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Meatball logo.png
Type of site
Created bySunir Shah
Current statusRead-Only Archive

MeatballWiki was a wiki dedicated to online communities, network culture, and hypermedia.[1]

According to founder Sunir Shah, it ran on "a hacked-up version of UseModWiki".[2] In April 2013, after several spam attacks and a period of downtime, the site was made read-only.[3]


MeatballWiki was started in 2000 by Sunir Shah, a forum administrator from Ontario, Canada, on Clifford Adams's Internet domain[4] MeatballWiki was created as a place for discussion about Ward Cunningham's WikiWikiWeb and its operation, which were beyond the scope of WikiWikiWeb. As Sunir Shah stated in the WikiWikiWeb page referring to MeatballWiki: "Community discussions about how to run the community itself should be left here. Abstract discussions, or objective analyses of community are encouraged on MeatballWiki."[2] Shah created this site "as a friendly fork of WikiWikiWeb." About the Meatball project, the website says: "The web, and media like it, looks like a big bowl of meatball spaghetti. You've got content--the meatballs--linked together with the spaghetti."[5]

Relationship to wiki community

The original intent of MeatballWiki was to offer observations and opinions about wikis and their online communities, with the intent of helping online communities, culture and hypermedia. Being a community about communities, MeatballWiki became the launching point for other wiki-based projects and a general resource for broader wiki concepts, reaching "cult status".[1] It describes the general tendencies observed on wikis and other on-line communities, for example the life cycles of wikis and people's behavior on them.[4]

What differentiates MeatballWiki from many online meta-communities is that participants spend much of their time talking about sociology rather than technology, and when they do talk about technology, they do so in a social context.[6]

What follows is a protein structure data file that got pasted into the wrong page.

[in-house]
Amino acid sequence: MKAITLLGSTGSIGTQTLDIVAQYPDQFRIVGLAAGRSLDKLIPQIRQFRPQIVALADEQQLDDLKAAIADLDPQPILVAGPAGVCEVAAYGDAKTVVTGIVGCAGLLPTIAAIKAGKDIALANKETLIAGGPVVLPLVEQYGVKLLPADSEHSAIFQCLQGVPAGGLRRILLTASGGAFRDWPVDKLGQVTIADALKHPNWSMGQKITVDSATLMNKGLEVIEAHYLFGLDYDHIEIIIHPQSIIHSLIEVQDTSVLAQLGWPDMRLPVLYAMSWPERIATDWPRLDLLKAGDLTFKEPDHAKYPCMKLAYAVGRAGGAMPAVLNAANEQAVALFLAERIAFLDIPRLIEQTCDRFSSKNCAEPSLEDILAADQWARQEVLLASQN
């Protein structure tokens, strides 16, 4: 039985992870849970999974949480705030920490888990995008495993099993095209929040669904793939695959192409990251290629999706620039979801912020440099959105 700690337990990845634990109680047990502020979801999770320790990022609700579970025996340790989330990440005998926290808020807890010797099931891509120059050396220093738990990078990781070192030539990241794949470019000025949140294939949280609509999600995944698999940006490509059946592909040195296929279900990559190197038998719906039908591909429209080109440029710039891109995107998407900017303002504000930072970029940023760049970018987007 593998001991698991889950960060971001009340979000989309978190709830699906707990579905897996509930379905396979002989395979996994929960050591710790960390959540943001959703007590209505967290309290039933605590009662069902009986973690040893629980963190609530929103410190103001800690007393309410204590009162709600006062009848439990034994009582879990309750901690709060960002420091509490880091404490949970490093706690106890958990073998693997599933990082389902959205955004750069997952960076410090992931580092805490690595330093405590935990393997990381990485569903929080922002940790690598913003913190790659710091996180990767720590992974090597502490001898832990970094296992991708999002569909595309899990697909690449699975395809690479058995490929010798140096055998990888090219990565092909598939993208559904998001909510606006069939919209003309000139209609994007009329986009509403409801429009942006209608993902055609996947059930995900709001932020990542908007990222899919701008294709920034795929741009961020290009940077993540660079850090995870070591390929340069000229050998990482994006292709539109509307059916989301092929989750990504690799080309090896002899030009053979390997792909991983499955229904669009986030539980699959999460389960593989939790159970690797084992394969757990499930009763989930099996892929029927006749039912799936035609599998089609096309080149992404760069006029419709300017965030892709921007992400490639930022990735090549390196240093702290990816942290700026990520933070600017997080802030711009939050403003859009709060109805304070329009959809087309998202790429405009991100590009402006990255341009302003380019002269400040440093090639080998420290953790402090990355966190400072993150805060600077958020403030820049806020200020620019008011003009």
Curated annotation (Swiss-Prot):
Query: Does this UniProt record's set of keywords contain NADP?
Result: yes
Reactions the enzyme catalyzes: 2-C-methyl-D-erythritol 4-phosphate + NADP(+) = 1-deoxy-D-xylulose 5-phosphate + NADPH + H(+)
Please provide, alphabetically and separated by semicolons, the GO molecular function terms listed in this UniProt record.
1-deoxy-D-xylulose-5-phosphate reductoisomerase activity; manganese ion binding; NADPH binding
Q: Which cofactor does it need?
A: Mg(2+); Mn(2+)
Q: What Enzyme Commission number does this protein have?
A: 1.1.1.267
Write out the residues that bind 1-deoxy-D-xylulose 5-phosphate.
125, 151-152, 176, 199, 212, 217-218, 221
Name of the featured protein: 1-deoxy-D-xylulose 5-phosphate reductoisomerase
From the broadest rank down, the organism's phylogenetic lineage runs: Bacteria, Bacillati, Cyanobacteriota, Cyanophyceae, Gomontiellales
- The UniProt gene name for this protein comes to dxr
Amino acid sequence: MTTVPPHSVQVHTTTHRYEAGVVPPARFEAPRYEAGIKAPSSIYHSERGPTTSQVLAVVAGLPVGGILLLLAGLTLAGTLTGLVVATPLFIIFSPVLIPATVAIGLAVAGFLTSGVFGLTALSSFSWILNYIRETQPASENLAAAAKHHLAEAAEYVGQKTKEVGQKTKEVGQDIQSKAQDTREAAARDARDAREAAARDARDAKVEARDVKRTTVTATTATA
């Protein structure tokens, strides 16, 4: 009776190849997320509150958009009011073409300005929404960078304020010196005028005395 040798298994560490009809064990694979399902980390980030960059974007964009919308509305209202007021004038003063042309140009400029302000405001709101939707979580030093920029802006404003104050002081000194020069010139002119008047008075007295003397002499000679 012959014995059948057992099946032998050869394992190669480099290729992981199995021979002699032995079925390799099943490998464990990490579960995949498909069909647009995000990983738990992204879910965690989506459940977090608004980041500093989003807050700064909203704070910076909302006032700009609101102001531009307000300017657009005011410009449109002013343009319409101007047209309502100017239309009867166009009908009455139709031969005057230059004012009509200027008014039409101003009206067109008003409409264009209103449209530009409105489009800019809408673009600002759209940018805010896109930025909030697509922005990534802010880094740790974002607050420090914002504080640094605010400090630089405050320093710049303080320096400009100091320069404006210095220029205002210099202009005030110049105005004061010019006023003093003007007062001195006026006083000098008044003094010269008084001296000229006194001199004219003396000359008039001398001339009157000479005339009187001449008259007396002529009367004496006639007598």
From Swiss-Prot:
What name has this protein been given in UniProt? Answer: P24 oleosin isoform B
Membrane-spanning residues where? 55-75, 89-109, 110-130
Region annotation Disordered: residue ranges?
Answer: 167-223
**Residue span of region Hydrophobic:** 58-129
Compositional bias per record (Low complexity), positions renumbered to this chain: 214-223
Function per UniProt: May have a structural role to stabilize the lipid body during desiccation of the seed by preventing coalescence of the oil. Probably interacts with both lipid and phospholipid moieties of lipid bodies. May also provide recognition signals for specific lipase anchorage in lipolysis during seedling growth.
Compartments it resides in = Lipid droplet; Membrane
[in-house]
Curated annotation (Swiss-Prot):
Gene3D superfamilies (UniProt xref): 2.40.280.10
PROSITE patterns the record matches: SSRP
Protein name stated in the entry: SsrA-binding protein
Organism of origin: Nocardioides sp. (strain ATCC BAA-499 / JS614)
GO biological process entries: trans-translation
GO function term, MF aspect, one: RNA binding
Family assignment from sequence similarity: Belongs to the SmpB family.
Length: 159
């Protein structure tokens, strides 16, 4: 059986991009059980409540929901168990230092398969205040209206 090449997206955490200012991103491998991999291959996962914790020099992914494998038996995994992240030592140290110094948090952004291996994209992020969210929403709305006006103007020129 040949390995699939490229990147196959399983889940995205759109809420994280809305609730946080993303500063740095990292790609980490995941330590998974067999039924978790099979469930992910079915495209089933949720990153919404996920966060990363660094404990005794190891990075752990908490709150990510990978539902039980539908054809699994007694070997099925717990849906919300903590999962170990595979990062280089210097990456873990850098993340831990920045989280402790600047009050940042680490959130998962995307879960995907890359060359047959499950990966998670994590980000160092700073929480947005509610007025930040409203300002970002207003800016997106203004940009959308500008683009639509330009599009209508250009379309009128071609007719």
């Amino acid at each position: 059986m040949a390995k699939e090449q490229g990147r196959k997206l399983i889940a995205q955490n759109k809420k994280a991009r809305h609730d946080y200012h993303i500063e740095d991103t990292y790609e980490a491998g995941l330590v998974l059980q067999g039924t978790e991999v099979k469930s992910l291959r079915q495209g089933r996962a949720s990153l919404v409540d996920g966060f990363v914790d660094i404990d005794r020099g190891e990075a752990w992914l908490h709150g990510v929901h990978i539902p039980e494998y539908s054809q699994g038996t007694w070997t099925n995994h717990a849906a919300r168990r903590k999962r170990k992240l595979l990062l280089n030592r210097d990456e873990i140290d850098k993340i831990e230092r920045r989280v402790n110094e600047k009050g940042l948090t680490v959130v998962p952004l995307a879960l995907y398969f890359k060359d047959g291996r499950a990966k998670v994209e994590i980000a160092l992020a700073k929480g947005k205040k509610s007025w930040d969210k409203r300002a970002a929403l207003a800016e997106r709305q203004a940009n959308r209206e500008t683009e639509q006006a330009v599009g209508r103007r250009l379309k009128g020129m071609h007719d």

The MeatballWiki members created a "bus tour" through existing wikis.[7][8]

Barnstars - badges that wiki editors use to express appreciation for another editor's work - were invented on MeatballWiki and adapted by resource in 2003.[9]

See also


  1. ^ a b Ebersbach, Anja; Glaser, Markus; Heigl, Richard; Warta, Alexander (2008). Wiki: Web Collaboration (2nd ed.). Springer Verlag. p. 430. ISBN 978-3-540-68173-1. a community that has reached cult status and that focuses on virtual communities, network culture and hypermedia
  2. ^ a b "Meatball Wiki". 27 March 2006. Retrieved .
  3. ^ RecentChanges; first archived "This page is read-only" page.
  4. ^ a b "MeatballWiki". WikiIndex. 4 October 2007. Retrieved .
  5. ^ "Meatball Wiki: MeatballProject".
  6. ^ Vaughan, K. T. L.; Jablonski, Jon; Marlow, Cameron; Shah, Sunir; Mayfield, Ross (2004). "Beyond the Sandbox: Wikis and Blogs That Get Work Done". ASIST 2004 Annual Meeting; "Managing and Enhancing Information: Cultures and Conflicts" (ASIST AM 04). Archived from the original on 2007-10-12. Retrieved .
  7. ^ "TourBusMap". meatballwiki. Retrieved 2016.
  8. ^ Matias, Nathan (3 November 2003). "What is a Wiki?". SitePoint. SitePoint. Retrieved .
  9. ^ Zhu, Haiyi; Kraut, Robert E.; Kittur, Aniket (2016). "A Contingency View of Transferring and Adapting Best Practices Within Online Communities" (PDF). Proceedings of the 19th ACM Conference on Computer-Supported Cooperative Work & Social Computing. CSCW '16. New York, NY, USA: ACM. pp. 729-743. doi:10.1145/2818048.2819976. ISBN 9781450335928.closed access Author's copy

External links

  This article uses material from the Wikipedia page available here. It is released under the Creative Commons Attribution-Share-Alike License 3.0.



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